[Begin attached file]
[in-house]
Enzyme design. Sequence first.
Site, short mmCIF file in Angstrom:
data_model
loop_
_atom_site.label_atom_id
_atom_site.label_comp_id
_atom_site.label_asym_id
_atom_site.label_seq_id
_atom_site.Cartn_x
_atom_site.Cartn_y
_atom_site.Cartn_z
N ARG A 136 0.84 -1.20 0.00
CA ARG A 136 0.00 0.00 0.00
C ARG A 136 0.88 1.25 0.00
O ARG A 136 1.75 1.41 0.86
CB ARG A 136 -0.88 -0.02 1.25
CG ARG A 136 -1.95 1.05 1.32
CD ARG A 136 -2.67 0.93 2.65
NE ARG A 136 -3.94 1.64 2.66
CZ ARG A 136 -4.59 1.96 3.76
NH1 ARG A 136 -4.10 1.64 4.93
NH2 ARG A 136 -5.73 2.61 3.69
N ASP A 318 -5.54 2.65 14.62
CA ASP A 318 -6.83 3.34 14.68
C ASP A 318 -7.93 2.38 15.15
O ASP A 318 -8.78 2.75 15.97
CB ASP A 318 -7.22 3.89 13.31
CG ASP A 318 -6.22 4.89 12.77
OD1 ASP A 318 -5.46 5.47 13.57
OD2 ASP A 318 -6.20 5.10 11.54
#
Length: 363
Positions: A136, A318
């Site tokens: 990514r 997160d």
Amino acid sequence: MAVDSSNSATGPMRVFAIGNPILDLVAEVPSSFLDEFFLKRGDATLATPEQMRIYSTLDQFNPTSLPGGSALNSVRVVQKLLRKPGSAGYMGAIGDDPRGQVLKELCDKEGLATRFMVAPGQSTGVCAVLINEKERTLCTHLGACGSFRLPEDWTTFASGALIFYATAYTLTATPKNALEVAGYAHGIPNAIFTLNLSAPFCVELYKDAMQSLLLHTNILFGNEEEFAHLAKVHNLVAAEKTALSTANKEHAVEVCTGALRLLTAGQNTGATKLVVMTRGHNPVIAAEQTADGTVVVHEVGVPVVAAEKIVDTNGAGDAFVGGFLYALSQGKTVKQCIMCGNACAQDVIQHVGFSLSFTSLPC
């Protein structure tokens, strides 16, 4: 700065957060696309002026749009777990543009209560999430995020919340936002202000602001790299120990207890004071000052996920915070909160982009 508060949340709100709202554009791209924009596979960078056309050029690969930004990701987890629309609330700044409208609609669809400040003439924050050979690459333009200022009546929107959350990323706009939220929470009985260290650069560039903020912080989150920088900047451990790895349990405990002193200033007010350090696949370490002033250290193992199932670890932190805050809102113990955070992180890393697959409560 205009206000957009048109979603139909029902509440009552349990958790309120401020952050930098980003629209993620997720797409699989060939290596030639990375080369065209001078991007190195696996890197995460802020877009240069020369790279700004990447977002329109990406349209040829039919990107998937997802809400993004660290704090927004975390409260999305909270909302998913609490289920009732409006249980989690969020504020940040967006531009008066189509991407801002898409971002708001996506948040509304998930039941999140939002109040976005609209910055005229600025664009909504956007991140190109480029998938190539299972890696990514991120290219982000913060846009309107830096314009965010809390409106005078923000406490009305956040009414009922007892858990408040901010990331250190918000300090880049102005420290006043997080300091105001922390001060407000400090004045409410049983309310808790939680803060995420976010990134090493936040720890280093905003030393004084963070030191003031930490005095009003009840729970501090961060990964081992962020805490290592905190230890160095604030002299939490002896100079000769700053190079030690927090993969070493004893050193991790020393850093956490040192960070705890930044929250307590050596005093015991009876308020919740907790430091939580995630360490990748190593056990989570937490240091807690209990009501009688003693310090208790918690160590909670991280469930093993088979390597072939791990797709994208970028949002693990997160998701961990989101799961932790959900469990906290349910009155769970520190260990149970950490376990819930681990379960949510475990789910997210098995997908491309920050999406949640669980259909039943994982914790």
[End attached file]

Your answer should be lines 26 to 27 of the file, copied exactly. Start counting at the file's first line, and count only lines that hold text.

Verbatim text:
C ASP A 318 -7.93 2.38 15.15
O ASP A 318 -8.78 2.75 15.97